Press Release

BALTIMORE, MD (October 23, 2002) – Marking National Lead Poisoning Prevention Week, the Maryland Department of the Environment (MDE) announced today that statewide blood lead test results in Maryland have shown a steady decrease in the number of children with blood lead levels above Center for Disease Control’s "level of concern" -- from 16.5% (9,884) of children tested statewide in 1996 to 3.7% (2,841) in 2001. This progress is attributed to a combination of risk reduction treatments, private lead inspections, outreach efforts, and aggressive enforcement.

In three weeks, MDE will send out its annual Lead Rental Registration Renewal package to 23,000 registered rental property owners. This gives property owners updates on what they need to do to stay in compliance. It includes resources on available grants or loan funds, and contacts for additional information and assistance.

“Owners that aren’t in compliance need to get with the program,” said MDE Secretary Richard F. Pecora, noting that MDE has been pursuing enforcement actions on property owners.

Since January, MDE has issued more than 100 orders through the Attorney General’s Office requiring owners to bring their properties into compliance with the Lead Law. There are more than 250 additional orders in process. MDE has also entered into more than 50 Consent Agreements, in which owner agree to fix not just one unit, but 100% of their units. This means MDE is now able to work with owners to bring multiple properties into compliance after an initial complaint about a single unit.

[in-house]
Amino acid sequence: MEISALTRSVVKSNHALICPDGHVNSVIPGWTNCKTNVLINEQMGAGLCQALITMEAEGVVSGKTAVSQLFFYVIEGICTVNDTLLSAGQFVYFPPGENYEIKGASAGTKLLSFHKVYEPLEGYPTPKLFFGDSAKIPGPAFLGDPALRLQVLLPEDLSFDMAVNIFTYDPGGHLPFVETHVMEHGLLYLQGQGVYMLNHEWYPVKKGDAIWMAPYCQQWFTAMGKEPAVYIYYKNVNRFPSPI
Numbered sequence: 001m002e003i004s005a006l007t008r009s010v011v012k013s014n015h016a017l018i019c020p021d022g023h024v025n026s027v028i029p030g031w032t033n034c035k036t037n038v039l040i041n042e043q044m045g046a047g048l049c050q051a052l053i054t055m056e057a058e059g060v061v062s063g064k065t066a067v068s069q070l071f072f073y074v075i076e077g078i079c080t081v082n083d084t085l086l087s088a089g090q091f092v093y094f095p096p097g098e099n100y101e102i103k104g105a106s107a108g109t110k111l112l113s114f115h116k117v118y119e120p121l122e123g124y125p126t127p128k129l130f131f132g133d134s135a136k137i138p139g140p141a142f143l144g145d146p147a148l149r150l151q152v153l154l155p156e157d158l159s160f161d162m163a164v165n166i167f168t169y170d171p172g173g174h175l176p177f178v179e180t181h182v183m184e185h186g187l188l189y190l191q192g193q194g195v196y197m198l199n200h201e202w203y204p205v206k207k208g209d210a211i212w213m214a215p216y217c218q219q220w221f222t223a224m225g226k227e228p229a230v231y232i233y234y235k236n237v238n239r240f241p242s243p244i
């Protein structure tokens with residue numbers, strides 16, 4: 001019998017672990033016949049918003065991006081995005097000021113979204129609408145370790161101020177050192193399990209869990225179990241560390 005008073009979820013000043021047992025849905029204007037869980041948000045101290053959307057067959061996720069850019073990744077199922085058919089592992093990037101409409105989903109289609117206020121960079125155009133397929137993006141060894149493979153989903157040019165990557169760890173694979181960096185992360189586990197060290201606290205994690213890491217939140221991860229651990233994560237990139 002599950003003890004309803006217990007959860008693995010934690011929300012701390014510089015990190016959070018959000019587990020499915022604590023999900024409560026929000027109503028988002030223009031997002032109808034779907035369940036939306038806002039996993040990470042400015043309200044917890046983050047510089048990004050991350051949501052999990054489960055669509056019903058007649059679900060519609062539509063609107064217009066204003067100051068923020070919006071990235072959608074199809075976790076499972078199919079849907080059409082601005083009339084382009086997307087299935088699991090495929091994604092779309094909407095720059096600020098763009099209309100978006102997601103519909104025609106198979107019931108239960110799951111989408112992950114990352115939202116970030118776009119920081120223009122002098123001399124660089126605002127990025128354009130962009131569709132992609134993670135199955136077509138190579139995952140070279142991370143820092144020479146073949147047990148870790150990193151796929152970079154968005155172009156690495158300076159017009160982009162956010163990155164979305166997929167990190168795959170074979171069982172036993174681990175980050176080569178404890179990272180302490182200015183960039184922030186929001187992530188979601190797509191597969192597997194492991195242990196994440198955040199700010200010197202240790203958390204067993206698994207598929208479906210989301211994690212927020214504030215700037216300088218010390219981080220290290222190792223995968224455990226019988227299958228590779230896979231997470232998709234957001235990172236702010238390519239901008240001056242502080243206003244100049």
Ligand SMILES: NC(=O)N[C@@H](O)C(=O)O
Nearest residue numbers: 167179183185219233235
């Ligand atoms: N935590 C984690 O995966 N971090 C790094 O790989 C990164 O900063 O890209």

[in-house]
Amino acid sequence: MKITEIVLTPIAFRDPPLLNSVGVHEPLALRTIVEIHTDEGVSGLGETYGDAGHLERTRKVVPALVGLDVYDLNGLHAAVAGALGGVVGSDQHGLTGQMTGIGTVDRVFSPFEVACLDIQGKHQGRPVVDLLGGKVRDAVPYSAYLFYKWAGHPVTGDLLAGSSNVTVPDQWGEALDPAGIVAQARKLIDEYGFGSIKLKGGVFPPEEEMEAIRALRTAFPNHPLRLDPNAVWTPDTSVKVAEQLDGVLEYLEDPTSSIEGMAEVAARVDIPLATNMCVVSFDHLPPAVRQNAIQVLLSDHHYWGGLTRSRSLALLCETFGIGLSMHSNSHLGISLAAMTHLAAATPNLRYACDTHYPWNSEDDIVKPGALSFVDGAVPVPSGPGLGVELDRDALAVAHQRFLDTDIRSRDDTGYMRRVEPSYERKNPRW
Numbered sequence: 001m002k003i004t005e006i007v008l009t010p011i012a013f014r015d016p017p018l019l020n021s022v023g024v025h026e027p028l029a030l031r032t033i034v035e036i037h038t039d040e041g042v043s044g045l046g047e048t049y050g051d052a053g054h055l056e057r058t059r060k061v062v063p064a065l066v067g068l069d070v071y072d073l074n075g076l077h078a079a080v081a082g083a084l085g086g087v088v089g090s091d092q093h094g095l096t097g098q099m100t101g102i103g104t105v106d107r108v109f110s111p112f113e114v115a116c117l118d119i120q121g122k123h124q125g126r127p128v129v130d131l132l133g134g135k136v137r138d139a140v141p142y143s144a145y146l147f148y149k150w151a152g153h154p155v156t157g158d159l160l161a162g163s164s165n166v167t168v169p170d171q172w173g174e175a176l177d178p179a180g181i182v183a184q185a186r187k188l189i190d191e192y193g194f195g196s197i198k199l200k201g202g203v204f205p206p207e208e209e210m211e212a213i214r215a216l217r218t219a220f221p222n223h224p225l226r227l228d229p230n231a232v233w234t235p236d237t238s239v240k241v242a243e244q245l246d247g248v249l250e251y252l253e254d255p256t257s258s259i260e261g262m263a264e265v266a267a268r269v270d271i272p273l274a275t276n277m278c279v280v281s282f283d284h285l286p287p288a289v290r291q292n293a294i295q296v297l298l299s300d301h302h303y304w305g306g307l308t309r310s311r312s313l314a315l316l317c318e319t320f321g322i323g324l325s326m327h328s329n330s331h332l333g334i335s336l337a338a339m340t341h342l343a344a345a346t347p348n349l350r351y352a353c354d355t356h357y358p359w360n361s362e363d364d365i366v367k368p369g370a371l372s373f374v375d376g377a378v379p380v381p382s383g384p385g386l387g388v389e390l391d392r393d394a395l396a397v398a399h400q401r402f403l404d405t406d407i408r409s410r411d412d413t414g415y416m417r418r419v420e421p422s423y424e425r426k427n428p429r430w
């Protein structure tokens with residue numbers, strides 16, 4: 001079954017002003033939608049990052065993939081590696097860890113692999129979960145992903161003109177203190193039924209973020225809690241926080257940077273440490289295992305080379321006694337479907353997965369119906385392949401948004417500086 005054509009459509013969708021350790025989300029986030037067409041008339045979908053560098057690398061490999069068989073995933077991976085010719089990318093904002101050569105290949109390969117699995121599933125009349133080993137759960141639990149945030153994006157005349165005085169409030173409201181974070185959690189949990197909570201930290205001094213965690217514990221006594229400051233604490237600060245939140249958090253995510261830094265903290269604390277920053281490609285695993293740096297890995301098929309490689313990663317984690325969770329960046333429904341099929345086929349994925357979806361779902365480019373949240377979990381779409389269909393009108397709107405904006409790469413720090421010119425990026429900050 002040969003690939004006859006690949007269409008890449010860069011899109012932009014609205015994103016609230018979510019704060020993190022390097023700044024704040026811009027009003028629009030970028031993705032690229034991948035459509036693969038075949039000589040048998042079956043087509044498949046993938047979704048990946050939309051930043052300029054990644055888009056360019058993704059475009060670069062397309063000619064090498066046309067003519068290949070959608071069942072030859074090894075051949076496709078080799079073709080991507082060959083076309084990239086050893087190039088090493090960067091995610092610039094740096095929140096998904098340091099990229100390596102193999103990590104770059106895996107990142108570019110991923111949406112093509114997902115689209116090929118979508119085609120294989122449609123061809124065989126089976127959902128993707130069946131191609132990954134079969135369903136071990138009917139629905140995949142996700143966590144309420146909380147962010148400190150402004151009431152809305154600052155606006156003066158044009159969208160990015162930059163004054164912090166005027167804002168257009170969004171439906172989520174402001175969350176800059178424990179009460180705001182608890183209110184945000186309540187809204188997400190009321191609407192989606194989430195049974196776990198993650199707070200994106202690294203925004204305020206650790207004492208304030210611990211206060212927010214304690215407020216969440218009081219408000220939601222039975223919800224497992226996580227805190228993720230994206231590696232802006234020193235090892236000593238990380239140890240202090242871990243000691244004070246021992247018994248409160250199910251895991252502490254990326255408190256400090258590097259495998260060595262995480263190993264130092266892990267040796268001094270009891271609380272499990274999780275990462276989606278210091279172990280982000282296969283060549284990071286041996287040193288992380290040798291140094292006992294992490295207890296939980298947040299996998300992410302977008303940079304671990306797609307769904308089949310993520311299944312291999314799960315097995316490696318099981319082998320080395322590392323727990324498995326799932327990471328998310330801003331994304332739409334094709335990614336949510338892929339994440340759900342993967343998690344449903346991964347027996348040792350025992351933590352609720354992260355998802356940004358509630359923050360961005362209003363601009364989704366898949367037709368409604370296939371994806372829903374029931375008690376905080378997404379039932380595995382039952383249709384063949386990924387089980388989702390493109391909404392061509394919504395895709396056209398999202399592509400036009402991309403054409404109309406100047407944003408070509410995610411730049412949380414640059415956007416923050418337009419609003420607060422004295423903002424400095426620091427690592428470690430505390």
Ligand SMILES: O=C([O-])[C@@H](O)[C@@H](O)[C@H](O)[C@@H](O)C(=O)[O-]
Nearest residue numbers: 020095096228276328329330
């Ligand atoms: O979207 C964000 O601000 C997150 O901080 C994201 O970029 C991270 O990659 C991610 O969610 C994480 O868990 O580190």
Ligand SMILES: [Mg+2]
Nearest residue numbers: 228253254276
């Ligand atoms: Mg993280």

More than 70,000 rental units have been inspected for compliance with the State’s Lead Risk Reduction Standard since 1996. This means 70,000 rental units that have owners working to prevent lead poisoning; 70,000 rental units getting basic treatments and inspections BEFORE a child gets poisoned.

“Reducing exposure before children get poisoned is really the core of lead poisoning prevention,” said Secretary Pecora. “MDE and our state, local, and community partners such as the Coalition to End Childhood Lead Poisoning, have been working hard to reduce lead poisoning. We’re making good progress, but continued results depend on property owners returning their registration renewals on time and continuing risk reduction treatments before new tenants move in. This should also serve as notice to those owners of rental properties built before 1950 who have not yet registered or treated their properties to come into compliance.”

MDE’s Lead Poisoning Prevention web page provides information for property owners on how to do risk reduction treatments and obtain registration forms. Parents can find information about blood-lead testing, health effects and tenant rights. The web page also includes lists of certified contractors and inspectors, and information on how to become a certified inspector.